New Range Rover 3.0 TDV6 Autobiography
We get behind the wheel of the all-new Range Rover for the first time
An automotive icon improved. The new Range Rover does the luxury thing better than many more expensive luxury cars, with off-road ability that’s the best bar none. It’s not quite perfect – access and space in the back isn’t fantastic and we’re not fans of the touchscreen infotainment system. But it gets closer to perfect than anything else at the money and is a fantastic engineering and styling achievement.
It's been 10 years since the last new Range Rover – an absolute age in automotive terms – yet the outgoing car still does a brilliant job of crossing over between luxury car and 4x4. In plain English, that means it’s a tough act to follow.
This all-new Range Rover takes a hi-tech approach, with the highlight being an aluminium bodyshell (using Jaguar know-how) that sheds weight to improve efficiency – the biggest criticism of the old model.
The new car may be slightly longer and wider, with more kit on board, but fitted with the new 3.0-litre V6 diesel, it’s 420kg lighter than the old TDV8 model.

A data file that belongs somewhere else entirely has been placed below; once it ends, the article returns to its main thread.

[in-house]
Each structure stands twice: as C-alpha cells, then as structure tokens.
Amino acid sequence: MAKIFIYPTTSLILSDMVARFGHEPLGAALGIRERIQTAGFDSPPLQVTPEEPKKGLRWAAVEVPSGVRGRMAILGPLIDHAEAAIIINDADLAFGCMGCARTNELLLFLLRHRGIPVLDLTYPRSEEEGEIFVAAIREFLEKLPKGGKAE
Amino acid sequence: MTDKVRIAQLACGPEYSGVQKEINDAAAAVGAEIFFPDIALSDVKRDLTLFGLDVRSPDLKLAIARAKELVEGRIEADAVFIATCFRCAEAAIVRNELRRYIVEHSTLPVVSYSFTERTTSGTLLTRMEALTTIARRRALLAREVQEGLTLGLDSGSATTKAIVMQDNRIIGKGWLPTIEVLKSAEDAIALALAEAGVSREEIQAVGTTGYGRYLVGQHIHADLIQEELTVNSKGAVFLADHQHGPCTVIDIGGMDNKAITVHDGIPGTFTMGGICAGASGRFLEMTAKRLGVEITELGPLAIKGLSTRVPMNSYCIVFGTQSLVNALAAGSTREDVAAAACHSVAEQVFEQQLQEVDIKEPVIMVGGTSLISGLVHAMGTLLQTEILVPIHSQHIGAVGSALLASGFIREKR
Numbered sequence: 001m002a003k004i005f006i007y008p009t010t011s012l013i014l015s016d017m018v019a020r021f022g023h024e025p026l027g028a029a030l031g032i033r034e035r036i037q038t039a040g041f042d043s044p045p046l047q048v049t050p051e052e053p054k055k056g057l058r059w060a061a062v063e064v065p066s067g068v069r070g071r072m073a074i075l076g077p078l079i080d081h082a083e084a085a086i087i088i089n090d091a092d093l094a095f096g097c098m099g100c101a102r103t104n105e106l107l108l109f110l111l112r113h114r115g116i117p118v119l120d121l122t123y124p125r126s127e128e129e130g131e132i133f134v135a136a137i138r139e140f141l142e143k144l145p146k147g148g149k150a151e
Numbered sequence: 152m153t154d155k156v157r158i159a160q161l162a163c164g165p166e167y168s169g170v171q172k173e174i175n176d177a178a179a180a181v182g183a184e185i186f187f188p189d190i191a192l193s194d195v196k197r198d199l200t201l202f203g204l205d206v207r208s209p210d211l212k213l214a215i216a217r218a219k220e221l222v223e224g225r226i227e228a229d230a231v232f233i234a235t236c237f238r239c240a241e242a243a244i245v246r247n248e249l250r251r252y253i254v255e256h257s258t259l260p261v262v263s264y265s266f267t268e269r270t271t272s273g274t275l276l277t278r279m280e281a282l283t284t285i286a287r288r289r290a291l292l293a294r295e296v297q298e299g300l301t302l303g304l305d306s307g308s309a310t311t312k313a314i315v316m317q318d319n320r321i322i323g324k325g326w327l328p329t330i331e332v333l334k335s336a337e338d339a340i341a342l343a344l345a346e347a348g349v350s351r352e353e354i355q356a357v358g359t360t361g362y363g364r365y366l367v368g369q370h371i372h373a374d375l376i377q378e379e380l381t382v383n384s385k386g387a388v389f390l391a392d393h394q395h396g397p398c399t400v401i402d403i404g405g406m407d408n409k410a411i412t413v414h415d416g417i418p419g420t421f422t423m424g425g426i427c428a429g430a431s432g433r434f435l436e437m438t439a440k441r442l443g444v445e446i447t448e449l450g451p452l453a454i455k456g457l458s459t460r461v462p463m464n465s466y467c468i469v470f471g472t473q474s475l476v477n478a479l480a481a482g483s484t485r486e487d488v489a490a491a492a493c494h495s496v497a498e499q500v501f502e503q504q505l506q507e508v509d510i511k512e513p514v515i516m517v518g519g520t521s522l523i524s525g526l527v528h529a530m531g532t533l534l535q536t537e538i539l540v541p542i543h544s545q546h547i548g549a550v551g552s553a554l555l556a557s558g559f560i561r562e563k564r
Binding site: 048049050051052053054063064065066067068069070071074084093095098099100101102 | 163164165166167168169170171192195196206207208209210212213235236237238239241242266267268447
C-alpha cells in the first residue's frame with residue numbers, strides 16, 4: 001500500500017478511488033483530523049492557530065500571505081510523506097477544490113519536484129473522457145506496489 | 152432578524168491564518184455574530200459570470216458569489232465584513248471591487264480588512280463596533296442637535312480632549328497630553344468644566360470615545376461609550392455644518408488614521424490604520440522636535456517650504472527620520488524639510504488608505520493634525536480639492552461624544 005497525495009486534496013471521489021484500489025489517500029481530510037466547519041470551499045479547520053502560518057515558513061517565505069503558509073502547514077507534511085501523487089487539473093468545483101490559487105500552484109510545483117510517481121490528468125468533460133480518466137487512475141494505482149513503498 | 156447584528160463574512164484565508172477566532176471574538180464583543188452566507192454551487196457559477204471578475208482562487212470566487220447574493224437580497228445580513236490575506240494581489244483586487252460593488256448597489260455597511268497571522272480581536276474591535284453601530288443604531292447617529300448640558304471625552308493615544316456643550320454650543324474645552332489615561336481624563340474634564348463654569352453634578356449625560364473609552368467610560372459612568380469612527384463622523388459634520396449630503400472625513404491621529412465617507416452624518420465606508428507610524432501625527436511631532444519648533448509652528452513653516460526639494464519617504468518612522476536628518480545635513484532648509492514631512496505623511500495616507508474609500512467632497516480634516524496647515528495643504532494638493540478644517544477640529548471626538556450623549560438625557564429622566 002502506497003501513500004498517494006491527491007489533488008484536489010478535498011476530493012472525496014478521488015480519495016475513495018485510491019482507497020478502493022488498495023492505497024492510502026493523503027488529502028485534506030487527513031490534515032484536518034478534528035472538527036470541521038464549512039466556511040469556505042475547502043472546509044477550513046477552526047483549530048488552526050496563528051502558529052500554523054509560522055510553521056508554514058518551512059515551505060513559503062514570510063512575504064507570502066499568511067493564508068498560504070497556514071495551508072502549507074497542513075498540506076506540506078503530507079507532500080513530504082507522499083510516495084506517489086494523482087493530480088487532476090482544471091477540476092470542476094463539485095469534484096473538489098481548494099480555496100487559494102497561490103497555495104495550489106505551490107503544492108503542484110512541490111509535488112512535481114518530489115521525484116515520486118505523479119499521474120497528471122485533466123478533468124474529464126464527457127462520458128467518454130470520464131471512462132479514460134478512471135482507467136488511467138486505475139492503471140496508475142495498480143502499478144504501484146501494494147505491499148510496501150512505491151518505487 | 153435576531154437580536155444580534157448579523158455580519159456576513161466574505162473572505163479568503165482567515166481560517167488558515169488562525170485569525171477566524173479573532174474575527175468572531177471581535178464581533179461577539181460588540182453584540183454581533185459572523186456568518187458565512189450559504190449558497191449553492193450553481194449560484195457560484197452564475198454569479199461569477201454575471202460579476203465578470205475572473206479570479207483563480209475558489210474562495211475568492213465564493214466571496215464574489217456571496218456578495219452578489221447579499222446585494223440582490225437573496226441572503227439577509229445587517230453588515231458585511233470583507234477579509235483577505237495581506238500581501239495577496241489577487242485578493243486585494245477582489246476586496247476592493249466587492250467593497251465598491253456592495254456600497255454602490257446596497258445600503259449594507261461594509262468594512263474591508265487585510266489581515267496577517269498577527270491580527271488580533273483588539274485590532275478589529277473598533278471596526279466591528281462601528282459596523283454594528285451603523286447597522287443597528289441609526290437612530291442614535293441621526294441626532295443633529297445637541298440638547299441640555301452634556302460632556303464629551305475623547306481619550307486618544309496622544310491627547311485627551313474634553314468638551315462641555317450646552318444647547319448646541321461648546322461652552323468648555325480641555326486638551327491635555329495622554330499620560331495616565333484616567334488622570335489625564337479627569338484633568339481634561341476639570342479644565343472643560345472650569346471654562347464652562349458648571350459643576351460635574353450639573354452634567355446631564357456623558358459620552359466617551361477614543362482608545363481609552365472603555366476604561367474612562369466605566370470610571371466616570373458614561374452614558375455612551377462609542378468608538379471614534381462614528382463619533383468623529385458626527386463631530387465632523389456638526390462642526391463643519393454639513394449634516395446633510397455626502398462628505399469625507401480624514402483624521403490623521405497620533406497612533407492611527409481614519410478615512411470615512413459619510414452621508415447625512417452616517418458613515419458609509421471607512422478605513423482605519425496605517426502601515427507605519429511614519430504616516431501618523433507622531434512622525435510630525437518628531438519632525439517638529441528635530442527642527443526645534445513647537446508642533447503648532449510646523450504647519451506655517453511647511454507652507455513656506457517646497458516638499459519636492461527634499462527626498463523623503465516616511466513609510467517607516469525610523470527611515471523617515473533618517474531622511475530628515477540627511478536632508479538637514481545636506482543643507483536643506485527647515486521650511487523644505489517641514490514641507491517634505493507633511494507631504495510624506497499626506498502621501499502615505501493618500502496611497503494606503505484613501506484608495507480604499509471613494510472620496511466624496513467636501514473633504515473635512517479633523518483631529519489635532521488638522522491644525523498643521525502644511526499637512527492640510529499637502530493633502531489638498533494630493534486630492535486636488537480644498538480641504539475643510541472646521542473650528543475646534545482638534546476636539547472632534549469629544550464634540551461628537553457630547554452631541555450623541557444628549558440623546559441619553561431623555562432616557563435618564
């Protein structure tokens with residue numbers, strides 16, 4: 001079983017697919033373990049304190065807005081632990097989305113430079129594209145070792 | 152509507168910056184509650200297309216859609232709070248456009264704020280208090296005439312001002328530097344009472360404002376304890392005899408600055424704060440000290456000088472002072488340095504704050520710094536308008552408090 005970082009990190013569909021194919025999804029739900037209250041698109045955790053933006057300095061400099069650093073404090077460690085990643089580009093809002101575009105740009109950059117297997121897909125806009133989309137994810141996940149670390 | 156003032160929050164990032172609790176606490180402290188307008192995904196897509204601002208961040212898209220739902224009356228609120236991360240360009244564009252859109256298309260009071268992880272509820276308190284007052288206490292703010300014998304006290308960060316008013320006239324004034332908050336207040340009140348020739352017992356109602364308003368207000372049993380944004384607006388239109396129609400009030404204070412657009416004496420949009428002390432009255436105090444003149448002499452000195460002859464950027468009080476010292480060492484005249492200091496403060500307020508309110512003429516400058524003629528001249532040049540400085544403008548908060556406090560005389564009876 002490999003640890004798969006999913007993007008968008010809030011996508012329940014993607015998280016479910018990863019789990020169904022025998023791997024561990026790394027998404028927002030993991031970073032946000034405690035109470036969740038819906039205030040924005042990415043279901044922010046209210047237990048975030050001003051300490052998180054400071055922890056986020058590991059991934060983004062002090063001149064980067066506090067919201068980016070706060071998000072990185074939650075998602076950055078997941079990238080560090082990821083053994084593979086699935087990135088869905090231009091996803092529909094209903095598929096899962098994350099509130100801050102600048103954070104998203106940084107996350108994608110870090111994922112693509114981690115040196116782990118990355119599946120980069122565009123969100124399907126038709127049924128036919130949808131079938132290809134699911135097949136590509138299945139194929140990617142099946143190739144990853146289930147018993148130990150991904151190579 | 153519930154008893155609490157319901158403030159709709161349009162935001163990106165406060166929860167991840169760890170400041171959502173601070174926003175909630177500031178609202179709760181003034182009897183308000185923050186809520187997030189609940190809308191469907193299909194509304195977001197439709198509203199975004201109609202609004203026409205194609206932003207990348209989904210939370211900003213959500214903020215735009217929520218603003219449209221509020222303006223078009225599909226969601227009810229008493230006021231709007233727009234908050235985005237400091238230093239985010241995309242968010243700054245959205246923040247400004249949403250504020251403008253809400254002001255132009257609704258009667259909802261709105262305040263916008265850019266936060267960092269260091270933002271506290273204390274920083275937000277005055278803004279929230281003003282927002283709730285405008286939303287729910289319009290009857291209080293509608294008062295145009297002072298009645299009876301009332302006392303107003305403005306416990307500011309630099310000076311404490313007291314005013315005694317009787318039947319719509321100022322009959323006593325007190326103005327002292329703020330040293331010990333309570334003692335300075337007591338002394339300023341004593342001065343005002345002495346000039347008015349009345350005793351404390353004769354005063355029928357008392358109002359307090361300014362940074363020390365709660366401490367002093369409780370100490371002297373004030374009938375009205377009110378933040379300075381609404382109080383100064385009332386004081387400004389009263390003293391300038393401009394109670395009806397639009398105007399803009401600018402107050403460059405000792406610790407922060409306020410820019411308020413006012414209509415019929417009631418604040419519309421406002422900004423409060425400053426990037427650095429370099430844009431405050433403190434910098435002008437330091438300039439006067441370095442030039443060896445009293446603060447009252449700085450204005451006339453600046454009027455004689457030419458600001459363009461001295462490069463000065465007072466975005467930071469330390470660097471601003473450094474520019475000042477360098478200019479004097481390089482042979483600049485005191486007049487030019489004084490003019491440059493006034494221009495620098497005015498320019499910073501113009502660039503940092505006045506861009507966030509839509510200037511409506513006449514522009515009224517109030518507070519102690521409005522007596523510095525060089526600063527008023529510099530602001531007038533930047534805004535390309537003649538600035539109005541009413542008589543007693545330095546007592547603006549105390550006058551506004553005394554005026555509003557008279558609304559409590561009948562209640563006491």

It’s hugely noticeable. The new car feels lighter on its feet, while the smaller V6’s performance pretty much matches the old V8. The steering is lighter and more alert, too – the Rangie turns into bends more keenly, while there’s more front-end grip and less body lean. A wider track and wider tyres (on myriad wheel designs) help improve poise.
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Used car tests
In spite of the car’s swift acceleration – 0-60mph in 7.4 seconds isn’t to be sniffed at in a car of this size – this is no sports car: it’s still a heavy, tall off-roader.
The weight loss pays dividends in the V8 diesel version, too, where a long, seamless stream of sheer grunt is available at pretty much any speed. As for the supercharged 5.0-litre petrol, its 0-60mph time of 5.1 seconds is the stuff of sports cars, albeit with a fuel bill to match.